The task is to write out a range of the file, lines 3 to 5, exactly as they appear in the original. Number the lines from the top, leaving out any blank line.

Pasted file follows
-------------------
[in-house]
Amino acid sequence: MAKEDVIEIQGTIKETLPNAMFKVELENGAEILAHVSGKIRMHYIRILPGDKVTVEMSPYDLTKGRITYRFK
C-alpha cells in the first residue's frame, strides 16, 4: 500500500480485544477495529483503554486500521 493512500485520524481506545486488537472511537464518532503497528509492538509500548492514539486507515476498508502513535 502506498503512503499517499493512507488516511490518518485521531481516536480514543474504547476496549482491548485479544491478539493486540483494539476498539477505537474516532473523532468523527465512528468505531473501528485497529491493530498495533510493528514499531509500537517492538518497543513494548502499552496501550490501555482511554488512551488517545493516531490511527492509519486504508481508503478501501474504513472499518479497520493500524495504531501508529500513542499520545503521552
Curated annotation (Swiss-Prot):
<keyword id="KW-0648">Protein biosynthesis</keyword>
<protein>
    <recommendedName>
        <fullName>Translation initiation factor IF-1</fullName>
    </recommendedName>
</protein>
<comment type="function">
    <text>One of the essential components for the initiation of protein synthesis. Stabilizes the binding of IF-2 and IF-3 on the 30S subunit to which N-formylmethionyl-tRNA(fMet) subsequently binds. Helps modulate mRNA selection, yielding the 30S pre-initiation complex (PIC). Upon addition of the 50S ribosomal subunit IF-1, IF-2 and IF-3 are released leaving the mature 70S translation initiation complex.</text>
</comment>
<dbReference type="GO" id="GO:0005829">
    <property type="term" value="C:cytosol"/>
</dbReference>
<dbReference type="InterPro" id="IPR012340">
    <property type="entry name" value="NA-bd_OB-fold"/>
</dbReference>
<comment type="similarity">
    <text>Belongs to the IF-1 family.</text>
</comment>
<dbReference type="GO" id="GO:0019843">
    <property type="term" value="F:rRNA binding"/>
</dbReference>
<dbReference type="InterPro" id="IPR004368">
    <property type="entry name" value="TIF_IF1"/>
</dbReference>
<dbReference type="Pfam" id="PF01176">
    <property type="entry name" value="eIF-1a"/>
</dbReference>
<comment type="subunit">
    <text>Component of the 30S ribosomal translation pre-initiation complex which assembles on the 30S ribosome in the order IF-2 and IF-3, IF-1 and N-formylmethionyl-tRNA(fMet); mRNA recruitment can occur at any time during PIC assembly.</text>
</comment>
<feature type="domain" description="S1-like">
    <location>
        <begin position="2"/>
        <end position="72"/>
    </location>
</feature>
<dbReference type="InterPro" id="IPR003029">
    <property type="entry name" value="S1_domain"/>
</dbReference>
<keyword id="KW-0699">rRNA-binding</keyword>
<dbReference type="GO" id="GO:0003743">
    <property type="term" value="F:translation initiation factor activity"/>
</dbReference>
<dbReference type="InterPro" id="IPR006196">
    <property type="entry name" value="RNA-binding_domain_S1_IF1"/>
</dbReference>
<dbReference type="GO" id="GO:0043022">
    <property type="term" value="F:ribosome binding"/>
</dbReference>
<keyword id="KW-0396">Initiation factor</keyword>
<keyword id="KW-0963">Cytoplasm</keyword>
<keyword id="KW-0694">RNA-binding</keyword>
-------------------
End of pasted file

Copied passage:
C-alpha cells in the first residue's frame, strides 16, 4: 500500500480485544477495529483503554486500521 493512500485520524481506545486488537472511537464518532503497528509492538509500548492514539486507515476498508502513535 502506498503512503499517499493512507488516511490518518485521531481516536480514543474504547476496549482491548485479544491478539493486540483494539476498539477505537474516532473523532468523527465512528468505531473501528485497529491493530498495533510493528514499531509500537517492538518497543513494548502499552496501550490501555482511554488512551488517545493516531490511527492509519486504508481508503478501501474504513472499518479497520493500524495504531501508529500513542499520545503521552
Curated annotation (Swiss-Prot):
<keyword id="KW-0648">Protein biosynthesis</keyword>